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How to organize an aviation spare parts warehouse

Updated: May 11, 2023

The organization of a warehouse is necessary for the correct conservation of the parts and mainly to quickly find the parts you are searching for. Not finding the part we are looking for can lead to economic losses such as delays in orders or a missed sale.

It doesn't matter if it is the warehouse of a small MRO (Maintenance, Repair & Overhaul) that repairs General Aviation aircraft or the warehouse of a big OEM (Original Equipment Manufacturer), to find what you are looking for you have to organize the warehouse with the same standards.

In addition, MROs, OEMs or distributors need to handle oversized parts (such as large wooden crates for the storage of structural parts), which means having the right structure and equipment like counterbalanced forklifts with long forks, side loaders or multi-directional forklifts.

Definitely an example of how an aviation warehouse should not be
This is a typical example of what an aircraft warehouse is supposed to look like. Unfortunately, using these containers results in wasting a lot of space volume.

To find the parts you are looking for you need to identify the shelves correctly and for this process there is only one method that works. Over the years we have seen perfectly functioning warehouses but also warehouses with complex procedures and incorrect assigned positions.

Before starting to assign a location numbering system you will need to decide how many segments you want your location code to be. For example, you can have a location with multiple segments such as:


A company can manage several warehouses with a single ERP system, so even the warehouses can be coded, for example ZRH for the Zurich warehouse or MUC for the Munich warehouse.

Zone or Area

Should be used to identify an area of the warehouse distinctly different from another. For example Pallet Rack area versus Small Parts Area.


Each row should be identified with a number. If you have more than 9 rows then start your number with 01. This will give you up to 99 rows. If you have over 99 rows start your numbering with 001 for a max of 999 rows.


This is defined as an area between rack uprights. Some use the term Bay instead of Sector. Select the conventional entry of the aisle and assign numbers to the racks beginning with 01 in ascending order with odd numbers on the left side and even numbers on the right side.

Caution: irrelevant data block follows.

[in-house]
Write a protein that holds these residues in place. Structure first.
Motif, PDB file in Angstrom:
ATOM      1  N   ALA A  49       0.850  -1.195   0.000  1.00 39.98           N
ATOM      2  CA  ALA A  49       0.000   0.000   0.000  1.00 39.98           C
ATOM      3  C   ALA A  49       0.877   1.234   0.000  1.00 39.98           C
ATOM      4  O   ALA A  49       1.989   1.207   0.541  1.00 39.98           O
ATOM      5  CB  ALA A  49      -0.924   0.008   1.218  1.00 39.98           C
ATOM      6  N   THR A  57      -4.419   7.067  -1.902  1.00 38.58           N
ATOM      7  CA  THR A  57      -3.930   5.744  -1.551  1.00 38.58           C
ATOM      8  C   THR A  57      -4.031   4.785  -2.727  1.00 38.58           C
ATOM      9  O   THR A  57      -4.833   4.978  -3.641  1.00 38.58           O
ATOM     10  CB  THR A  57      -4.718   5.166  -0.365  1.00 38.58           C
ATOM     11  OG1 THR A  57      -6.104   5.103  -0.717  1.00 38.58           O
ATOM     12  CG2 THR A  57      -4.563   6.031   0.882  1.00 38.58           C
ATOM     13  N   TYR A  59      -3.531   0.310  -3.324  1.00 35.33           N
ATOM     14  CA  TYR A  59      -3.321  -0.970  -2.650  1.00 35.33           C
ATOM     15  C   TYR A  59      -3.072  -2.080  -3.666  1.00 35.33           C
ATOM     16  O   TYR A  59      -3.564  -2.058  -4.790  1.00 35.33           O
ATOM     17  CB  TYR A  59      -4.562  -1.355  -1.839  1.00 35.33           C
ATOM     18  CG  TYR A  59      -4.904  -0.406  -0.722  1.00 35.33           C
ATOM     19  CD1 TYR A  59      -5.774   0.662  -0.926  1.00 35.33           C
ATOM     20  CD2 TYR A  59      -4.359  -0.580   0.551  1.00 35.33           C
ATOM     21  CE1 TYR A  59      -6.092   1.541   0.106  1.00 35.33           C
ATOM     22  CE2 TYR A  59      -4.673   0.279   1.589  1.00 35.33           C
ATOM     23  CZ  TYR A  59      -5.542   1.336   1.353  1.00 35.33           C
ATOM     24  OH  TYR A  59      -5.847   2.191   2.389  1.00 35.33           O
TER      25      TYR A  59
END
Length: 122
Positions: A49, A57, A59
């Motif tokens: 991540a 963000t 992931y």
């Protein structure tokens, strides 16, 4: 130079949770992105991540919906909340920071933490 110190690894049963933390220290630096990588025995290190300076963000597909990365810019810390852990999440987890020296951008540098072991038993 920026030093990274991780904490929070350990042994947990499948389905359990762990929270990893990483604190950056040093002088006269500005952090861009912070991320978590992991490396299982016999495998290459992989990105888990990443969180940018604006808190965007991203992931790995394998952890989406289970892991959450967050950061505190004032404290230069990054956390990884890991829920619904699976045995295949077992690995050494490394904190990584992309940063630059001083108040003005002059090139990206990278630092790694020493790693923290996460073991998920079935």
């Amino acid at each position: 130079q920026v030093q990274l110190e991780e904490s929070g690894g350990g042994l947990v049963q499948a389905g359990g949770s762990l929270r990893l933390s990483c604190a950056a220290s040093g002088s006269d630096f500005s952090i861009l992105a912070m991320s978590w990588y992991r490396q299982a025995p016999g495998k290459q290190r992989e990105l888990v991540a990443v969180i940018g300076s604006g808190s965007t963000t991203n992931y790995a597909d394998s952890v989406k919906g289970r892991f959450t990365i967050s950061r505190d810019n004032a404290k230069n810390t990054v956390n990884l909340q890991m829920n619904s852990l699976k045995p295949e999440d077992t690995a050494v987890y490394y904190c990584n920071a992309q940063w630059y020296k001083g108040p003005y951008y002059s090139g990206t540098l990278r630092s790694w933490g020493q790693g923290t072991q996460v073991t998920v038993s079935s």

Level or shelf

Should be assigned and address from A to Z ascending from the floor. It is recommended to use the letters of the alphabet to identify levels so that you can recognize that it is a level.

It is also unlikely that there is a warehouse with more than 26 levels as the number of letters available.


Assign numbers to each position ascending from 1 to 9, from left to right as you face the rack. Here is an example of a location label where the format is Row - Sector - Level/Position. In this case, Row R5, Sector S4, Level/Position G1.

It is recommended to combine the Level and the Position on the shelf in a single code, for example B3 or H2.

Now that the divisions have been established, it’s time to choose the type of shelving. For example, we use a pallet rack for pallet-sized bulky goods and a smaller rack for small parts.

While pallet racking is standard almost everywhere in the world, small racking comes in different sizes. Shelves depths go from 40 to 100 cm, at least in Europe.

A Standard EPAL pallet measures 120 x 80 cm. This is the starting point for figuring out what kind of shelving you need; to optimize the space, you must calculate how many boxes can fit on an EPAL: while a 50x70 cm box is not ideal for a 120 x 80 cm pallet, a 60 x 40 cm box is just perfect.

We have chosen shelves with a depth of 60 cm for this exact reason.

The width is an additional question mark. 3 boxes 40 cm wide are 120 cm in total, in fact there are plenty of 120 cm wide shelves on the market. Problem: How to fit 3 boxes 120 cm wide into a 120 cm shelf? Practically impossible, as there’s no margin.

Some smart manufacturers have made 123 cm wide shelves. It seems simple, but only few manufacturers think about it.

Our shelves are manufactured by Mobilrot, a South Tyrolean company located in the heart of the Italian Alps.

Each company chooses how to arrange material on the shelves based on the type of goods they handle. For example, we use 60 x 40 cm plastic boxes, as we mainly deal with small parts. We tested a number of different manufacturers, and after years of testing the choice fell on the German manufacturer Auer, which produces plastic boxes primarily for the German automotive industry.

We have basically two heights, 17 cm and 32 cm. There are many others available, but we have found a perfect balance with these two sizes, especially since 2 stacked 17-cm boxes are as tall as one 32-cm box.

When we visit our customers warehouses we notice that open boxes on the short side are often used. We feel that they are totally unsuitable for aviation, "stealing" warehouse space.

With our particular shelving and box system, we achieved a volumetric utilization factor of 60%, calculated as the ratio of the volume occupied by shelves VS. the volume occupied by material.

We always recommend using standard sizes as much as possible, in order to be flexible and ensure a long life for your warehouse!

Need assistance to build or renovate your Aviation Warehouse? The Horix Aerospace logistics team is available to help you manage your aviation components. Contact us today by filling out the contact form.

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